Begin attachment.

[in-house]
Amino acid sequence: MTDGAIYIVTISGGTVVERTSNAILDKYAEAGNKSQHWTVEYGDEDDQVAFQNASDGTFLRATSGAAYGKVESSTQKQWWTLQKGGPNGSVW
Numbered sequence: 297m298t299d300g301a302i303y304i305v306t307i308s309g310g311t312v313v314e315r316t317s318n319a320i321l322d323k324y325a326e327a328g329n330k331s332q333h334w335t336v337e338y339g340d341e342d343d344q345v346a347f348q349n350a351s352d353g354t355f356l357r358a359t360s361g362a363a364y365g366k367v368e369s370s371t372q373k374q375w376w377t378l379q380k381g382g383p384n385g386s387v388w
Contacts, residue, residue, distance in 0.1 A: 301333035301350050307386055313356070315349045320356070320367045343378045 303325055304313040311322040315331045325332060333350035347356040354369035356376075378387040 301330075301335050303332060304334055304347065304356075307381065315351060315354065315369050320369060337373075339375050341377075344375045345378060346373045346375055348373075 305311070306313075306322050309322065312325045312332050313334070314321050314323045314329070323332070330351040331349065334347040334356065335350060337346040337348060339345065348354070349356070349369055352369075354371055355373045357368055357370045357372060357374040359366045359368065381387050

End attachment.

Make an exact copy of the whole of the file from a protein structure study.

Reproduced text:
[in-house]
Amino acid sequence: MTDGAIYIVTISGGTVVERTSNAILDKYAEAGNKSQHWTVEYGDEDDQVAFQNASDGTFLRATSGAAYGKVESSTQKQWWTLQKGGPNGSVW
Numbered sequence: 297m298t299d300g301a302i303y304i305v306t307i308s309g310g311t312v313v314e315r316t317s318n319a320i321l322d323k324y325a326e327a328g329n330k331s332q333h334w335t336v337e338y339g340d341e342d343d344q345v346a347f348q349n350a351s352d353g354t355f356l357r358a359t360s361g362a363a364y365g366k367v368e369s370s371t372q373k374q375w376w377t378l379q380k381g382g383p384n385g386s387v388w
Contacts, residue, residue, distance in 0.1 A: 301333035301350050307386055313356070315349045320356070320367045343378045 303325055304313040311322040315331045325332060333350035347356040354369035356376075378387040 301330075301335050303332060304334055304347065304356075307381065315351060315354065315369050320369060337373075339375050341377075344375045345378060346373045346375055348373075 305311070306313075306322050309322065312325045312332050313334070314321050314323045314329070323332070330351040331349065334347040334356065335350060337346040337348060339345065348354070349356070349369055352369075354371055355373045357368055357370045357372060357374040359366045359368065381387050